Newspaper article The Christian Science Monitor

Driving with Dad, and Other Journeys

Newspaper article The Christian Science Monitor

Driving with Dad, and Other Journeys

Article excerpt

Dad got me by default. The day I brought home my learner's permit, Mom spent a good (or maybe not-so-good) five minutes with me behind the wheel. Then she leaped from the Fairlane, barely managing to refrain from kissing the driveway in her relief to be standing on it again. When she could talk, she gasped that my roller-coaster-riding, hand-walking-off-the-high-dive dad might be better suited to oversee my stick-shift maneuvers.

"We didn't even leave the driveway," I muttered. "Yes," she said, rubbing her neck, "but what a ride!"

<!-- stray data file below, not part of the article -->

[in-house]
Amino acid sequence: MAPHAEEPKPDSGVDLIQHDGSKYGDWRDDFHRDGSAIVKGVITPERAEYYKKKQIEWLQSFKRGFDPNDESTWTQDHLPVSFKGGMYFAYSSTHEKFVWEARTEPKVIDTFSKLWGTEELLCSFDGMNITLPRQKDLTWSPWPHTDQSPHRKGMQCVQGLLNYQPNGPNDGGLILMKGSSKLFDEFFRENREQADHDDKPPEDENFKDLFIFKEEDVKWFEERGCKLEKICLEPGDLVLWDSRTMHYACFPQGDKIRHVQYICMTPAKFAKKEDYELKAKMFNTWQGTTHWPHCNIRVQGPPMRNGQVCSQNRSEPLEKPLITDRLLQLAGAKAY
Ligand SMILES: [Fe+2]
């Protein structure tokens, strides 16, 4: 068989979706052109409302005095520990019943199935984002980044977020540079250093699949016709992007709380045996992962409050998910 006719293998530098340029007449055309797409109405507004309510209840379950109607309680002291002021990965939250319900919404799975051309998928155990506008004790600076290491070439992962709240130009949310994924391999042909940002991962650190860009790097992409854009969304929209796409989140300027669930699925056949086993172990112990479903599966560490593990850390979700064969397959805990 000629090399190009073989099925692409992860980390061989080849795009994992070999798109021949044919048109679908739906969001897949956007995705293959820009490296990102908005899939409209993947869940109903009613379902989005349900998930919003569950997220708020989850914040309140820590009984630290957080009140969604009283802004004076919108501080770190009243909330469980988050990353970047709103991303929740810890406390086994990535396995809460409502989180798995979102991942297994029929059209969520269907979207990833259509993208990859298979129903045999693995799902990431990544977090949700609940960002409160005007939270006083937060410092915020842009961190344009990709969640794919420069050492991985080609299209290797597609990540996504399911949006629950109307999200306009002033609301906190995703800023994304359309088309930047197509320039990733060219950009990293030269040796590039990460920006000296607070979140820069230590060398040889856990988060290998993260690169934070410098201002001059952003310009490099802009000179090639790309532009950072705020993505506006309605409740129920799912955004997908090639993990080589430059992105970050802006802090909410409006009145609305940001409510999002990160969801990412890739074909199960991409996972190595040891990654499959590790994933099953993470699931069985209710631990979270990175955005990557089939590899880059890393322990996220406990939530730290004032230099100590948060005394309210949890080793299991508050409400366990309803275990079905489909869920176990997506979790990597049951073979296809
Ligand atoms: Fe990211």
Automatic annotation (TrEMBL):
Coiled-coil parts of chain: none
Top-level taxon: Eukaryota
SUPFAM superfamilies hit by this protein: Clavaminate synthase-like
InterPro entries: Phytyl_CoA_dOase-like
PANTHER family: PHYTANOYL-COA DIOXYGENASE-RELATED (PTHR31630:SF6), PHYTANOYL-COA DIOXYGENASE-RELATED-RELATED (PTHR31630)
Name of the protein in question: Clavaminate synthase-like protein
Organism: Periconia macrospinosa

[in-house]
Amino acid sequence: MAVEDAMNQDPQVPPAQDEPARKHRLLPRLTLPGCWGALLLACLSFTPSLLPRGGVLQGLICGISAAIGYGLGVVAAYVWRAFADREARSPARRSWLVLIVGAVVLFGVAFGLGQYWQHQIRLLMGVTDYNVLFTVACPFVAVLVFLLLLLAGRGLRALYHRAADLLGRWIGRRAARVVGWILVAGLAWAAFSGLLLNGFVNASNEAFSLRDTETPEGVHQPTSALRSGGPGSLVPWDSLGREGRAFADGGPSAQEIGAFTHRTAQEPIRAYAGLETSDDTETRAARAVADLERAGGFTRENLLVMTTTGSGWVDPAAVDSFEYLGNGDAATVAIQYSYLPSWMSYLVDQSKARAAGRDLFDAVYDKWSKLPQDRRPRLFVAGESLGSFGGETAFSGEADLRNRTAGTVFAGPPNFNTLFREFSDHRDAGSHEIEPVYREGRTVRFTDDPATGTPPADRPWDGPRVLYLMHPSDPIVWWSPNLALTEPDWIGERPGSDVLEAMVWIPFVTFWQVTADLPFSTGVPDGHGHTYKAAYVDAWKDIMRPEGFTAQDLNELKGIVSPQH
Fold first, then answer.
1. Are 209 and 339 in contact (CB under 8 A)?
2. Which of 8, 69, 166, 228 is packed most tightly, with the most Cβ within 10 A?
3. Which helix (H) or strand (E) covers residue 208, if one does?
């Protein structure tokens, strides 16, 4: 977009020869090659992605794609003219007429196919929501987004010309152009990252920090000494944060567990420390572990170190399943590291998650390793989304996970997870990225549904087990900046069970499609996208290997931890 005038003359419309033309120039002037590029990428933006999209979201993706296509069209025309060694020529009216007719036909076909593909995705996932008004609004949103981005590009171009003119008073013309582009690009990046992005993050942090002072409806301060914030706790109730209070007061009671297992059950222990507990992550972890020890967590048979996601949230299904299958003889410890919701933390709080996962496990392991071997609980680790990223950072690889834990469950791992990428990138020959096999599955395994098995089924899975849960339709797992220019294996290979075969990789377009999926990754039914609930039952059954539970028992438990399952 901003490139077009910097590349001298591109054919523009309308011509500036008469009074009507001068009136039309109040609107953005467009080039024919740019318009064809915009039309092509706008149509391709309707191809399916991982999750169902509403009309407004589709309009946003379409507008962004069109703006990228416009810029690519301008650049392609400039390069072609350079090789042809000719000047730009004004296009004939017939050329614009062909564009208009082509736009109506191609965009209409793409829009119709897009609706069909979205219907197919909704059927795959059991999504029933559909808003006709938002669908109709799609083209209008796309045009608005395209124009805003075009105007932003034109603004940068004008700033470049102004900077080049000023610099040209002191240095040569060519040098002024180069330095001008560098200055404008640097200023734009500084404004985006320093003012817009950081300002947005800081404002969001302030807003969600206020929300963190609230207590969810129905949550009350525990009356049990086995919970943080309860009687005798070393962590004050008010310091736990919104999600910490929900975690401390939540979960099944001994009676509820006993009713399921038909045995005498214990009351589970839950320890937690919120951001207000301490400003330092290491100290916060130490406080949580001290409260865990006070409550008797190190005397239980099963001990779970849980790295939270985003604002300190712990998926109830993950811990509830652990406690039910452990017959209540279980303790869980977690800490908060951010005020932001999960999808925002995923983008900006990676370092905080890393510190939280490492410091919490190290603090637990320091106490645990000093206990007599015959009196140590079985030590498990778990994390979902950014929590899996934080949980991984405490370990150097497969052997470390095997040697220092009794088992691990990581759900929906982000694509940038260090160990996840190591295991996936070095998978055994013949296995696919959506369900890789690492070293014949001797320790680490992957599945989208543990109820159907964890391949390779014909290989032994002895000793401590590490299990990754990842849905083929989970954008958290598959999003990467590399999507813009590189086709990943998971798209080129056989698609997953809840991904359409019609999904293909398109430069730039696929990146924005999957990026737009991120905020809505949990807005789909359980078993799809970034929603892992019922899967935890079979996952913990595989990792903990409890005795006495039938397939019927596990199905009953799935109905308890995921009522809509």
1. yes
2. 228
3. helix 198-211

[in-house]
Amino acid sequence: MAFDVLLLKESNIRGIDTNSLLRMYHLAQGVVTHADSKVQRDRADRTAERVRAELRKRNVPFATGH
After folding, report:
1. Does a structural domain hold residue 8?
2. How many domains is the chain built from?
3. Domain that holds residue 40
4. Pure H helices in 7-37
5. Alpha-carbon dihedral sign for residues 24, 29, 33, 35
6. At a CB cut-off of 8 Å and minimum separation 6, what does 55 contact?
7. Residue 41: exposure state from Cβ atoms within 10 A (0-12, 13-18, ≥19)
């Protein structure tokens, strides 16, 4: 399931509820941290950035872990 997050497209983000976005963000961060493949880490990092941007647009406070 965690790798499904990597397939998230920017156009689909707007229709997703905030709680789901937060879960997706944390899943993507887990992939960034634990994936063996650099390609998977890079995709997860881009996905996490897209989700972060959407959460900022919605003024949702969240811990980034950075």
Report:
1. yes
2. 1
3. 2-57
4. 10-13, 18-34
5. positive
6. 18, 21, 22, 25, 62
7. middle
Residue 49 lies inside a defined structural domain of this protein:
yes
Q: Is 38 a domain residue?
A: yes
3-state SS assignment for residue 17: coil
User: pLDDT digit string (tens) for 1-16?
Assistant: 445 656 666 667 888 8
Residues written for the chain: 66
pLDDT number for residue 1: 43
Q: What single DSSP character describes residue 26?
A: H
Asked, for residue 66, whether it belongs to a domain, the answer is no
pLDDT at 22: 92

For some unknown reason, Dad decided I should learn to drive in his precious antique Model A. "You'll learn to double-clutch!" he exclaimed. For rather more obvious reasons, he designated the deserted roads way, way out in the country as my practice grounds. I woke up that first Saturday dreading the coming excursion. For one thing, I knew I was mechanically challenged. For another, I feared Dad would expect too much of me. But the big reason was that, unlike my friends, I wasn't sure I even wanted to learn to drive. "You can walk all over town," I told my best friend. "So what's the big deal?" Her jaw dropped. "You just might want to actually leave town someday. Has that ever occurred to you?" Sure it had. I'd been in a white-hot tear to grow up for forever. But now that it was actually happening, adulthood was zooming at me way too fast. After the first jerky lurches ("You have an egg between your foot and the clutch," Dad intoned repeatedly), my driving lessons proved to be OK. More than OK, really. It may have just been an effort to distract me or himself, but as my passenger, Dad went into storyteller mode. I heard new tales about his childhood, his relatives, his courtship of Mom. He tried out his never-ending supply of cornball jokes on me, real groaners. He described his practical-joke marathon with his buddy Red at work: "One-upmanship honed to the finest art!" And I imagine I told him a few things about myself in those long afternoons of just him and me and the country lanes. …

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